That is true, but also the metal under the stone re-directs
the light that passes through the stone- if the hole were only
slightly smaller than the stone, all that light would be lost.
Jack, to bead-set a gemstone, you obviously need to drill a hole,
the diameter of which is at least as large as the stone’s girdle, or
it wouldn’t be possible to raise a bead above the stone to hold it
in place. In order to bead-set a stone however, you need a
cone-shaped seat to drop it below the surface of the metal. Sure,
you could drill a straight hole, then set the stone with prongs if
you wanted. But just go ahead and try to keep the stone seated level
on that hole while bending those prongs! Then again, there are
cone-shaped setting tools similar to beading tools that may work.
You also mentioned in your next post that the bur leaves a
"truncated cone." That’s essentially true, but since this truncated
cone is so relatively small when compared to the hole itself, you
should really think of it as what setters call it - a seat. This
seat only needs to be as deep as necessary to allow the stone’s
girdle to sit flush or near-flush with the top of the hole. That’s
what allows you to raise the bead next to the girdle, which allows
the stone to be set.
The bur’s angle of 90 degrees (that’d be a hart bur, a setting bur
is normally 45 and there are plenty of others from which to choose)
as compared to a pavilion’s angle just doesn’t apply because it is
used mainly (but not solely) to cut seats for these applications.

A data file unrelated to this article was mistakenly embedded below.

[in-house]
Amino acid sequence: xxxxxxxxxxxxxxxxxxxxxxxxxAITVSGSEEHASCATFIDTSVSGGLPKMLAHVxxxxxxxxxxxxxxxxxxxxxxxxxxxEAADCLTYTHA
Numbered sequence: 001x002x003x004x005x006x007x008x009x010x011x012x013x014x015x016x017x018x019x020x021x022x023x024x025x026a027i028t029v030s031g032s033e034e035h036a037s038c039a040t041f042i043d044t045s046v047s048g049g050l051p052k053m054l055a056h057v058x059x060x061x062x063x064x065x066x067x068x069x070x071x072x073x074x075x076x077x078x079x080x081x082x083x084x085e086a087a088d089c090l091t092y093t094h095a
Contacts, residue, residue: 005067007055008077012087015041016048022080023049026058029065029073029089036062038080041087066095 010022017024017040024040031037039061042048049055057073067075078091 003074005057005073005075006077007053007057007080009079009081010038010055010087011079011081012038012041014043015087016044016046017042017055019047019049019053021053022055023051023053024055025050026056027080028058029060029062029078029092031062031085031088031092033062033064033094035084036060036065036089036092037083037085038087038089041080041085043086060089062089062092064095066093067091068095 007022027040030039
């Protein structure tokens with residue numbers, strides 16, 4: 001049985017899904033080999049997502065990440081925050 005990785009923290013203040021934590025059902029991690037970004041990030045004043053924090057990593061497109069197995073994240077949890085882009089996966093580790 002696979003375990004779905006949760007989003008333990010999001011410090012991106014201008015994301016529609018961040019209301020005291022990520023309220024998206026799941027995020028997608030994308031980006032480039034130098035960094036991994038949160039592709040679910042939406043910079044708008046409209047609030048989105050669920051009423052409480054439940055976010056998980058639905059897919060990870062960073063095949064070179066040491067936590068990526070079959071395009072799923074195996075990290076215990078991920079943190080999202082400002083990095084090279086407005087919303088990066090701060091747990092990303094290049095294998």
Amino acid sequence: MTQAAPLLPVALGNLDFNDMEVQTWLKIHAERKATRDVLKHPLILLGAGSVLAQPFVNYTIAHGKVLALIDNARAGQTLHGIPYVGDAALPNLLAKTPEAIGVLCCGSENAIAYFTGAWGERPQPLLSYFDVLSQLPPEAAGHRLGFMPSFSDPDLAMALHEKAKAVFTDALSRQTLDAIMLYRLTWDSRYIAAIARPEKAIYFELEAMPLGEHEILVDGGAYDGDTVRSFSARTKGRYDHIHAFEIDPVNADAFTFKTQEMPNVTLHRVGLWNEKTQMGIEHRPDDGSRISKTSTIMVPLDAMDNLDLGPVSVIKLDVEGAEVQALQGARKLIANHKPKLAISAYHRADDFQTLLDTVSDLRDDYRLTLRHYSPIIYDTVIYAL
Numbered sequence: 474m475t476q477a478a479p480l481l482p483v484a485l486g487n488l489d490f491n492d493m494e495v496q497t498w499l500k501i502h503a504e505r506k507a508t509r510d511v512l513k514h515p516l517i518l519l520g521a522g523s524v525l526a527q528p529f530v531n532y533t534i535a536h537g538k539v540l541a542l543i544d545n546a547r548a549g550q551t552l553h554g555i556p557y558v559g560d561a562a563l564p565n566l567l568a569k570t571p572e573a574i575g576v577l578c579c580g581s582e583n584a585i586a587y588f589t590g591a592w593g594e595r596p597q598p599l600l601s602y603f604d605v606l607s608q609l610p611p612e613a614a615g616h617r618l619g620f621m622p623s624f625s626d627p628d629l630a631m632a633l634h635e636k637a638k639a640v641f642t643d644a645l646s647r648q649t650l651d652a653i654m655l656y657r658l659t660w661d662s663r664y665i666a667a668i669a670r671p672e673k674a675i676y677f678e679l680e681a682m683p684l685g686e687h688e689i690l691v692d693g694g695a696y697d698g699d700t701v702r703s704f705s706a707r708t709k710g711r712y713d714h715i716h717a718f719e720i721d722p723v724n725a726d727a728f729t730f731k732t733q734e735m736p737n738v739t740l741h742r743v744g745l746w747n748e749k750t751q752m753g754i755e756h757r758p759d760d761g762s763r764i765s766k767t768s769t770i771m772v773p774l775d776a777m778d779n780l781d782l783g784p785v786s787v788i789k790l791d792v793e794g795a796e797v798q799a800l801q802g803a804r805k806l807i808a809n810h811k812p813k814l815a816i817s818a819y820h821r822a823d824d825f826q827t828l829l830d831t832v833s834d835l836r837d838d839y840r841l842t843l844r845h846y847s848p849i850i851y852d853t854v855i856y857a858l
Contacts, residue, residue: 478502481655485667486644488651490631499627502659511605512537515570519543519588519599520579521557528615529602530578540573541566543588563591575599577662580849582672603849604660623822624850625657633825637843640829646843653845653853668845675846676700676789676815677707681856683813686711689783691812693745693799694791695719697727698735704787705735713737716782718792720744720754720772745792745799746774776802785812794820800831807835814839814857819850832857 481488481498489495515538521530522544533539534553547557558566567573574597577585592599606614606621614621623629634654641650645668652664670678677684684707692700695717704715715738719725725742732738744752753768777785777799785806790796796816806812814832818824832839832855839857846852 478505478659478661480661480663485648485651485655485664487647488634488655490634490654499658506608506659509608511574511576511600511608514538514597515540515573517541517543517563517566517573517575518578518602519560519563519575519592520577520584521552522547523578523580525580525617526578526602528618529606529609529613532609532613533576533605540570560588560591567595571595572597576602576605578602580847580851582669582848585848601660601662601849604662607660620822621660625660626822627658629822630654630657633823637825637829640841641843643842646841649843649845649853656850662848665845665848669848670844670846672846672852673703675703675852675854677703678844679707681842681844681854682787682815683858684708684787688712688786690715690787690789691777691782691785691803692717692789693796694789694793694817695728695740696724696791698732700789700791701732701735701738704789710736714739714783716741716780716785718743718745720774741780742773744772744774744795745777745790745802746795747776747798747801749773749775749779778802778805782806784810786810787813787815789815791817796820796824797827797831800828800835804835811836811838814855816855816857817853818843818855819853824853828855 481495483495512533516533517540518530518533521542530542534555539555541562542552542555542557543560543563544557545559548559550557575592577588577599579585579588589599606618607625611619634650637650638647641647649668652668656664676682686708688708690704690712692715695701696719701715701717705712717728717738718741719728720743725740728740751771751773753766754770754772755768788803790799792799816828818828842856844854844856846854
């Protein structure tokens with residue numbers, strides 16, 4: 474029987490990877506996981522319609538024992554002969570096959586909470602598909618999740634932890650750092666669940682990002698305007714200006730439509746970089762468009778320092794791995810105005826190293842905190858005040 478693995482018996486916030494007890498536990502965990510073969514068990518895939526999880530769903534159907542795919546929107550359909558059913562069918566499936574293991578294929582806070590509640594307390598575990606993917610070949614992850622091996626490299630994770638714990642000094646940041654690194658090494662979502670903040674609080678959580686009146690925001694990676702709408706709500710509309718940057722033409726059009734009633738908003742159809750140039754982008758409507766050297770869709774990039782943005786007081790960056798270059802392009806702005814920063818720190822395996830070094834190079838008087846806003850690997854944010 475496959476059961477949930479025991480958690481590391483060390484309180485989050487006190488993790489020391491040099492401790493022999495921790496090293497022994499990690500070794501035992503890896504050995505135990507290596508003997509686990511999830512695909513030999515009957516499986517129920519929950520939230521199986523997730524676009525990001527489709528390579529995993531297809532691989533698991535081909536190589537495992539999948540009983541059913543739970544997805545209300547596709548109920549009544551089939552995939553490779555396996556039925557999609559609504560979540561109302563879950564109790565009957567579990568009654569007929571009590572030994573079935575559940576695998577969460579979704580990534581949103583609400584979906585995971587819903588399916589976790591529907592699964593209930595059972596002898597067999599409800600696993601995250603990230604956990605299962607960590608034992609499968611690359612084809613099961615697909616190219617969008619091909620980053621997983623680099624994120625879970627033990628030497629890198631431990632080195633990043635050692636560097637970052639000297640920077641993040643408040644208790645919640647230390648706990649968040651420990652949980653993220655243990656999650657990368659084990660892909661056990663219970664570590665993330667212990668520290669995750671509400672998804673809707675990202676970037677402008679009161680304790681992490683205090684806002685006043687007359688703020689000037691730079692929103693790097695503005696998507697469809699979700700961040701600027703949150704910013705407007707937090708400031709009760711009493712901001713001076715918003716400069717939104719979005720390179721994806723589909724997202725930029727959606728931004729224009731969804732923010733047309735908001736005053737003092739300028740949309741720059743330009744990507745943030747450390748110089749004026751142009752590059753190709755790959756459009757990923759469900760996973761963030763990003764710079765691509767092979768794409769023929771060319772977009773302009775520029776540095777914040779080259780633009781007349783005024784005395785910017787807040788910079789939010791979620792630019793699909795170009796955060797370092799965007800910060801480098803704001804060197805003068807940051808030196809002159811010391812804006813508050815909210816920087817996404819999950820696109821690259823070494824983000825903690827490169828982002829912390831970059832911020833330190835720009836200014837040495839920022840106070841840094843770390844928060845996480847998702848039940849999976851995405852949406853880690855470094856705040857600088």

Round burs work better for me with bead settings, as do setting
burs. Hart burs I prefer for channel setting.
And of course it would be unlikely to find a stone with a 90 degree
pavilion or crown angle. Well-cut gemstones are designed with
pavilion and crown angles that are compatible with that particular
stone’s critical angle. That is the angle at which light can leave a
gemstone after bouncing around and refracting inside of it.
Technically speaking, little or no light should be redirected back
through a faceted gemstone from the pavilion side. In actuality
though, most faceted cut fall short of the Excellent
category and their visual qualities do change when set with
different colored metals. Transparent to semi-translucent cabochons
are a different story. The point is, the purpose of drilling a hole
for a setting entirely through the metal is, IMHO, twofold; First,
to be able to poke the stone out before final setting, i.e. to make
adjustments, and second, to facilitate cleaning. The critical angle
of a gemstone changes when body oils and grease are present, and
they need to be cleaned from behind to restore their beauty. The
purpose of a seat (truncated cone) is to provide a secure rest for
After all of this rambling, I would like to make a request of you,
Jack. If you do manage to set stones with a straight hole, please
take some photos and post them to the forum. There are some bur
manufacturers who might pay a fortune to keep that info under wraps.
James in SoFL who would like to buy the world a Coke, and keep it